Develop your own tastes and be tolerant
I spent a few days in Ikebukuro, Japan, on Friday night. The area, along with Akihabara, is something of a holy land for Japanese manga fans. The shop I visited specializes in animation marketed for women, and most of the customers were teenagers and young women in their 20s. As I browsed the comic books and character products, I noticed a man in his 40s. He was dressed in a suit and tie and was completely immersed in shopping as if he were looking for something specific. In Seoul, you would assume he was buying a present for his daughter, but in Japan, it was more likely that he was an otaku who had moe for something in the shop.
Otaku is a Japanese term used to refer to people with obsessive interests in a certain field or hobby. Moe literally means “to bud” and is a homonym for “to burn,” and refers to the passion you feel for an object you adore. For example, a “glasses-girl moe” is into characters who wear glasses. He will ransack a shop to find characters that fit his taste. Some people develop this same kind of obsession for nonliving things such as railroads, convenience stores or businesses by creating characters out of them. Some people think they are perverts.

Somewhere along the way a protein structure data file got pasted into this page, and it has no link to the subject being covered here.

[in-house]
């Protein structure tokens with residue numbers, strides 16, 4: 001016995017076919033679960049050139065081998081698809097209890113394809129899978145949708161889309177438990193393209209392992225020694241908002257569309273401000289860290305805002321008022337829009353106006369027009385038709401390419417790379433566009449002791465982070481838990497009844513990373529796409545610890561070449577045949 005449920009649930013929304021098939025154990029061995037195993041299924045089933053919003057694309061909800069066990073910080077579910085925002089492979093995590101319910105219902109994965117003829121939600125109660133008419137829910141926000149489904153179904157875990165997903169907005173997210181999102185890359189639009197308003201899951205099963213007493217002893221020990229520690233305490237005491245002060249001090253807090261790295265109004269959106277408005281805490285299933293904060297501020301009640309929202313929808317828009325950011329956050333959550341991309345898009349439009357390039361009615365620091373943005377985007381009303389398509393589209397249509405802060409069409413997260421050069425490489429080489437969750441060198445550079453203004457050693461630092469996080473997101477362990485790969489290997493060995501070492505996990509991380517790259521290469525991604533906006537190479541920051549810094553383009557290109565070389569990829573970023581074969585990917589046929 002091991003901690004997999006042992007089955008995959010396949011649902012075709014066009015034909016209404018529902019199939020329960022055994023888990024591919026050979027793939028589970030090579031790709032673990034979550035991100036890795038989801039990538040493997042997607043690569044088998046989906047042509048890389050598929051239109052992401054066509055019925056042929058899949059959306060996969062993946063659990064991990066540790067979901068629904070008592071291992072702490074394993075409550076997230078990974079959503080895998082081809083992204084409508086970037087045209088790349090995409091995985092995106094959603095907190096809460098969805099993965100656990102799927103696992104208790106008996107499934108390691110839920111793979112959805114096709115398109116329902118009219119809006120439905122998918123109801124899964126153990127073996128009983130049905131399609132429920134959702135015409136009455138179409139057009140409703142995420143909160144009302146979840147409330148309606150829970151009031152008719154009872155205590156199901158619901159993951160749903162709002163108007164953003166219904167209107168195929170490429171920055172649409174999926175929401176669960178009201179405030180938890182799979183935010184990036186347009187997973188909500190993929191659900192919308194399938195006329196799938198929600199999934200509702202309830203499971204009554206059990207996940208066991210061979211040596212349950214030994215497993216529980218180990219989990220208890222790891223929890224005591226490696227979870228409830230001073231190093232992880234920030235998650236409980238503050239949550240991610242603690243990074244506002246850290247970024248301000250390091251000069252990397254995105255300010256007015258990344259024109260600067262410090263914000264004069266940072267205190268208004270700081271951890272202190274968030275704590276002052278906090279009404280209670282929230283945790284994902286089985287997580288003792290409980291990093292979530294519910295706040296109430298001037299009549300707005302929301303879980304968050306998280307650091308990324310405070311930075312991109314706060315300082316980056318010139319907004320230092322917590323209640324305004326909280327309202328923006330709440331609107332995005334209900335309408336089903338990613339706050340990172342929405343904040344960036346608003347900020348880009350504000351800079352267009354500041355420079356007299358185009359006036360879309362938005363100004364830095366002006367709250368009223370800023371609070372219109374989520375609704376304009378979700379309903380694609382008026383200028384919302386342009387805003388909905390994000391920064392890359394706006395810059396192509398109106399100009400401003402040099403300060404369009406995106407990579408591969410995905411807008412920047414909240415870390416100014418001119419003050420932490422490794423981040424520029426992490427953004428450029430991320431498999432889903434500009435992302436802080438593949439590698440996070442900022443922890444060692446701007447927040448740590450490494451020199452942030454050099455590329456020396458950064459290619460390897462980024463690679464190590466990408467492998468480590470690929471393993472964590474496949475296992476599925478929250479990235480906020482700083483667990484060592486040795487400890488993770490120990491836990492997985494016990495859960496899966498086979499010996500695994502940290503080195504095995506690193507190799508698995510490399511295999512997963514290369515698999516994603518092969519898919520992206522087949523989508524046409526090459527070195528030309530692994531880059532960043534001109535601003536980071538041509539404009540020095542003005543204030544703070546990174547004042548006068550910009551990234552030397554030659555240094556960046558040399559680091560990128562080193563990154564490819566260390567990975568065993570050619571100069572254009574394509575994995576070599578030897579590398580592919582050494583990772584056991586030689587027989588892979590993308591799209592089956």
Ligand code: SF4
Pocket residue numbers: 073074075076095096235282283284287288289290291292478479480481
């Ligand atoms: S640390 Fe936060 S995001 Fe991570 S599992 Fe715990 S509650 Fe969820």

In Japan, an endless stream of comics, animation and movies is produced to satisfy all kinds of eccentric tastes - and the trend is not limited to pop culture. One couple went around visiting the backgrounds in van Gogh’s paintings. One teacher collects ground beetles. Others collect keys, paper planes, torture tools.
Of course, this level of obsession still represents a minority subculture - even in Japan. But no one would dare to invade this small universe. Along with the United States, Japan has emerged as a global pop culture leader and could become the country with the most diverse cultural genres and solid subculture markets in the world.
Korea still has a long way to go before reaching this level of diversity and individualism. If a person was that obsessed with iguanas, ball-jointed dolls, tattoos or piercings, others would look at him sideways. Instead, Koreans follow each other. When wine is trendy, people drink wine. When sake becomes popular, everyone drinks it. Instead of discovering your own preferences, you dress in an outfit straight from the department store. We have nothing to gain from such conformity. And it’s not just individuals. Companies also have trouble being creative. To be successful, we need to develop our own tastes and be tolerant of the tastes of others.
by Lee Na-ree
* The author is an editorial writer of the JoongAng Ilbo.
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